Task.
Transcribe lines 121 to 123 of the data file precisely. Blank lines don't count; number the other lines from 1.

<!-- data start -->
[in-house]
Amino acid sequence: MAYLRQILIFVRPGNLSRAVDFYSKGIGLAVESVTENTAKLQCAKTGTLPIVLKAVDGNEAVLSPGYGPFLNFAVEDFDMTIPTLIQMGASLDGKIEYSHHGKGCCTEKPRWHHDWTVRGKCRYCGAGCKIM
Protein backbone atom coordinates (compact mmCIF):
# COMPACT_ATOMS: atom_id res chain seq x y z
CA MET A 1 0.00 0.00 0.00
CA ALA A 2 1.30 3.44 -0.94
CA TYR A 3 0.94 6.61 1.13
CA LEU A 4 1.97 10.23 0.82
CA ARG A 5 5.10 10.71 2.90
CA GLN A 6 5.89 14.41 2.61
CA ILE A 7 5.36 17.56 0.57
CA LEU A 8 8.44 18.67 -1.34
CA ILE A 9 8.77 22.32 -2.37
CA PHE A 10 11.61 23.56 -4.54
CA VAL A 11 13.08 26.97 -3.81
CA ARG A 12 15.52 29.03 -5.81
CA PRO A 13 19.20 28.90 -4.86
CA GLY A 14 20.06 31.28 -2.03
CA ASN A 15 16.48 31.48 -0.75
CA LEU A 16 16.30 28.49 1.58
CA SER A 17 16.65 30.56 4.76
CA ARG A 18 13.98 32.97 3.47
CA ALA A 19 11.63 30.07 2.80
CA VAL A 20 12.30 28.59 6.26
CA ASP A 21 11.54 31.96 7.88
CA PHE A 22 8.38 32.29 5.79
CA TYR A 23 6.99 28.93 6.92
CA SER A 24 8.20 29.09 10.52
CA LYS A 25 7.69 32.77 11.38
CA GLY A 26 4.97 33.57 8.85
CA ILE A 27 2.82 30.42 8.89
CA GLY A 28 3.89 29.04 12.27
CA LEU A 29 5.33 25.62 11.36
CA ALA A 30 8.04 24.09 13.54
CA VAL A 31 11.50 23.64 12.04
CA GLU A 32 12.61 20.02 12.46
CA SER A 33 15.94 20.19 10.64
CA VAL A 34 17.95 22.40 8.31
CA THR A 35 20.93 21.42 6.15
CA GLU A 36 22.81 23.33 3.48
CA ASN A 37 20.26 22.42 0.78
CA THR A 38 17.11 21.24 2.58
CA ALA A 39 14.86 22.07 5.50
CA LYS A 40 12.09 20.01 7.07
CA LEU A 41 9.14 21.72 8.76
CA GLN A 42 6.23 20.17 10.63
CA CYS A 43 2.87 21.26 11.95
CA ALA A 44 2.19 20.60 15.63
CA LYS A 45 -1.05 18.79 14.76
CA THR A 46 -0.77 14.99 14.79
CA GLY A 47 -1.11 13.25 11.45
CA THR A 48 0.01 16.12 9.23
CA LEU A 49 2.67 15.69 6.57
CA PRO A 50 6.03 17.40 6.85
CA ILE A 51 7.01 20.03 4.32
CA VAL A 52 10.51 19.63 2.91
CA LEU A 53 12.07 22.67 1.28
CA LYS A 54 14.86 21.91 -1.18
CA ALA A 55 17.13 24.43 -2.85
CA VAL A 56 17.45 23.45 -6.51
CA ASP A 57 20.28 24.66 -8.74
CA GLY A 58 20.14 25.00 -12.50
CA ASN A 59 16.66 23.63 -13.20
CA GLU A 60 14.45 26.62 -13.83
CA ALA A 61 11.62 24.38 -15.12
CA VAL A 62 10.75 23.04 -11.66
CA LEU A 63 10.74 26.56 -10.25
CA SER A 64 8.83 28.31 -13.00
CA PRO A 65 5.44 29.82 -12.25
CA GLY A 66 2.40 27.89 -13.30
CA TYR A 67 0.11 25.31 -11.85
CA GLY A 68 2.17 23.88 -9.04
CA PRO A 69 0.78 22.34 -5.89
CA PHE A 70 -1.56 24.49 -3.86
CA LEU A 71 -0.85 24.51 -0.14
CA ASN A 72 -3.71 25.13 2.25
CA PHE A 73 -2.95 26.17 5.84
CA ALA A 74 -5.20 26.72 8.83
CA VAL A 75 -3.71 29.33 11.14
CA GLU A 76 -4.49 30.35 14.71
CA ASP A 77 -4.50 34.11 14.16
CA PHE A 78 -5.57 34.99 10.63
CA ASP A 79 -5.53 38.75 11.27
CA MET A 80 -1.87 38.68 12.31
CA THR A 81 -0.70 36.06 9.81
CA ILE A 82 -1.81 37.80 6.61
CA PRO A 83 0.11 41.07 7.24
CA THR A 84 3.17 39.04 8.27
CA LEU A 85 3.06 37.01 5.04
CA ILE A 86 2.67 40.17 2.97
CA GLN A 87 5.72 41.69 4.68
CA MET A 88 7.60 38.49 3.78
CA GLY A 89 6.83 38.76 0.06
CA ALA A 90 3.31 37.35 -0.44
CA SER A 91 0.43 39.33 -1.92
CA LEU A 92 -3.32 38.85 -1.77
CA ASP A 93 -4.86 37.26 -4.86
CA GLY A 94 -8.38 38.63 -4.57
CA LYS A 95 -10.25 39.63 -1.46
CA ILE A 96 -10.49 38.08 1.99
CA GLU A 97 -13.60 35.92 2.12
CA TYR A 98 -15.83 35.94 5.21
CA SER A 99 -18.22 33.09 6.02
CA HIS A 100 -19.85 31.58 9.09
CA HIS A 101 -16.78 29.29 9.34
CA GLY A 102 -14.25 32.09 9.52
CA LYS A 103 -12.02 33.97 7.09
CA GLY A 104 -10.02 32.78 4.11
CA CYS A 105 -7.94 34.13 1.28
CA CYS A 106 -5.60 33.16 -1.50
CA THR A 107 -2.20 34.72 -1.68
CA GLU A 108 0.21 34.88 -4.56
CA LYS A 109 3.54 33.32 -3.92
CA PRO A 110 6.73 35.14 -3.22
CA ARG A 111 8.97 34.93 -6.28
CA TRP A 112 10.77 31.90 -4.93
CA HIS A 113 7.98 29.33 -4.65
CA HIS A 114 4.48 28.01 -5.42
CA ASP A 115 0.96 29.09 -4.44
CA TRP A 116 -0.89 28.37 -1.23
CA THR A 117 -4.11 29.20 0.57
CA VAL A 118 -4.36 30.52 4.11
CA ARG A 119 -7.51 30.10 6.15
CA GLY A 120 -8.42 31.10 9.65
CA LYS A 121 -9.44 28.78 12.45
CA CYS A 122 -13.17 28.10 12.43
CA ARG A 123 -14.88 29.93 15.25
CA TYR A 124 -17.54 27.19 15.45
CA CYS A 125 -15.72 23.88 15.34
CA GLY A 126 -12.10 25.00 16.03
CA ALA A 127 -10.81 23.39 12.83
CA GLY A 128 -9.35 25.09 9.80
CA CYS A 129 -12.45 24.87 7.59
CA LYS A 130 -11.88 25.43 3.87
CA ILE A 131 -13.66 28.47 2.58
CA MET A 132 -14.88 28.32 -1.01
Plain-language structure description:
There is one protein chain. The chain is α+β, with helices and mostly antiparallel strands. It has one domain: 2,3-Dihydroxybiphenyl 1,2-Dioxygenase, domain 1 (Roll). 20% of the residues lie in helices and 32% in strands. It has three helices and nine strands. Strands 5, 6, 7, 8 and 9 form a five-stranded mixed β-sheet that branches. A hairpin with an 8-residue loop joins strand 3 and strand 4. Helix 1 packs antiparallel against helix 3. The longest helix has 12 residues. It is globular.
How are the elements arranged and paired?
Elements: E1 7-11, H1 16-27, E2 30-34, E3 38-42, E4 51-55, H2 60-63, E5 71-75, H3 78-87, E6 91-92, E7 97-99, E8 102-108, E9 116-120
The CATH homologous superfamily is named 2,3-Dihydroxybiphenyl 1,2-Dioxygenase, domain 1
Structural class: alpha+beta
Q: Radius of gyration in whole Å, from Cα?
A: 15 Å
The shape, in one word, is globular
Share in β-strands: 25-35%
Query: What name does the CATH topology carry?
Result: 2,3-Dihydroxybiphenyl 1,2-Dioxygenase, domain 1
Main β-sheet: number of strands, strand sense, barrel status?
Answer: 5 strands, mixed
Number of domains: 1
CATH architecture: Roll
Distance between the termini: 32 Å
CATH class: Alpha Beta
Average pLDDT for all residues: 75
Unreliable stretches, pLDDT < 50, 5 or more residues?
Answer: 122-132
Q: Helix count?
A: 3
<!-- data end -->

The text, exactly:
CA THR A 117 -4.11 29.20 0.57
CA VAL A 118 -4.36 30.52 4.11
CA ARG A 119 -7.51 30.10 6.15